1st Earl reached maturity, the Cunninghames were hand in glove with James III;
naturally, the future 1st Earl threw in his lot with James IV, who went on to
As the Montgomeries victimised the defeated Cunninghames, so the Sempills found themselves under attack by another local family: the Darnley Stewarts. Historic documents tell of burnings, hardship and destruction on Sempill’s familiars and tenants, and on Sempill himself, during the winter of 1488-9. Sempill could have fought back. Instead, he acted with great forbearance, negotiating his way back into a secure position and eventually getting rewarded with the return of his hereditary sheriff’s office and a Lordship. His actions arguably had implications at a national level. All over
Scotland, those who’d seen defeat
at Sauchieburn were making life difficult for James IV and his government. We always think of James IV as the
accomplished, secure Renaissance Prince, who led Scotland
onwards to great things until his premature demise at Flodden
in 1513. But at this stage in his reign, his coat was – as the popular saying
goes – on a very shoogly peg indeed. His
support of Sempill came at a crucial time: by defending him with the full force
of the law the unrest was contained, in time allowing James to become
established on his throne and to engage in the cultural achievements he should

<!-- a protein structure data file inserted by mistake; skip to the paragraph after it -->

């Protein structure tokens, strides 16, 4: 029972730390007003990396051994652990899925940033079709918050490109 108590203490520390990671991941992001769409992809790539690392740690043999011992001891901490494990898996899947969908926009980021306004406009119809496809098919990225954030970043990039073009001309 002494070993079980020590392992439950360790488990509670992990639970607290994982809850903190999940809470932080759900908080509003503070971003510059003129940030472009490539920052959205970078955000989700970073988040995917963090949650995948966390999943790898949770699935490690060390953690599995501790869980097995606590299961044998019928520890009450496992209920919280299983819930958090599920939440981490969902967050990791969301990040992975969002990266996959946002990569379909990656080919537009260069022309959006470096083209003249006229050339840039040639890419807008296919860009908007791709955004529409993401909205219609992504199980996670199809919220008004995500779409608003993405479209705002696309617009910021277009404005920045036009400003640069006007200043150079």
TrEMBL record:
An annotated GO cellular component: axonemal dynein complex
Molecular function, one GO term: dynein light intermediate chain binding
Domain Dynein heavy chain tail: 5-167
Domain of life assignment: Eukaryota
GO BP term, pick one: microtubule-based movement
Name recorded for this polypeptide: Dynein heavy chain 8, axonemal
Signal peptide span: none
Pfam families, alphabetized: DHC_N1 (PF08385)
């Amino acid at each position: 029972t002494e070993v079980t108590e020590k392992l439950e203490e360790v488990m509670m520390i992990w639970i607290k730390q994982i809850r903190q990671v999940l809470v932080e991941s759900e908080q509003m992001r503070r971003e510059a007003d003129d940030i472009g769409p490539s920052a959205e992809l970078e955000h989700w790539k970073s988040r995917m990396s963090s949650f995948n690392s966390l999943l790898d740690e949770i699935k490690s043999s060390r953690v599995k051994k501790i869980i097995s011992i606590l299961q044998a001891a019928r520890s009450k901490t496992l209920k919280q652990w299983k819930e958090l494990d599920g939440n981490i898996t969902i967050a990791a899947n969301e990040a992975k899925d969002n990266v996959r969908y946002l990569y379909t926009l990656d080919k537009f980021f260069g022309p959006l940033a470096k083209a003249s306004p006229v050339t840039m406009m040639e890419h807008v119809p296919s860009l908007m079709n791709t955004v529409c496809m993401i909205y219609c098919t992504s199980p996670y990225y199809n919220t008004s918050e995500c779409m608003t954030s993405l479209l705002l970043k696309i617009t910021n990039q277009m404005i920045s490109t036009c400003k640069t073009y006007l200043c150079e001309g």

be remembered for.
|Linlithgow Palace, |
A Favourite Residence of James IV-
Courtesy of Louise Turner
Historians can only follow the evidence so far. But inference is rich fare to the historical novelist: when I was writing my novels, the lack of historical evidence was in a way liberating, because it meant that inference played a major role. Inference must be reinforced with facts, and so I read copious works which chronicled the allegiances and notable exploits of all the various local families during this time. So far, I’ve found enough source material for two books: Fire & Sword deals with the winter of 1488-9 and how John Sempill negotiated his way back from the brink of annihilation, while The Gryphon at Bay explores the Montgomerie-Cunninghame feud and the murder of the Lord Kilmaurs by Hugh, Lord Montgomerie in 1489.
Nancy says: I so agree that many aspects of Scottish history have largely been ignored in the past. However, I'm now delighted to say that there is a growing interest in making more of it available to the general public via fiction, but also in non-fiction publications.
A little about Louise Turner
Born in Glasgow, Louise Turner spent her early years in Scotland where she attended Greenock Academy and later, the University of Glasgow. After graduating with MA (Hons) in Archaeology, she went to complete a Ph.D. in the Bronze Age metalwork hoards of Essex and Kent. She has since enjoyed a varied career in archaeology and cultural resource management. Writing has always been a major aspect of her life and at a young age she won the Glasgow Herald/Albacon New Writing in SF competition with her short story Busman’s Holiday. Her second novel, The Gryphon at Bay, which follows on from the events described in her first novel Fire & Sword, is set in late 15th century Scotland and was published by Hadley Rille Books in March 2017.
You can buy Louise's ebook version from:
Find louise at the following places:
Thank you for contributing to my series, Louise, and for sending along such a very good post. I've recently read a little about the Cunninghames, and the Montgomeries, but there's always so much more to learn about that era. Best wishes with all of your current and future writing projects.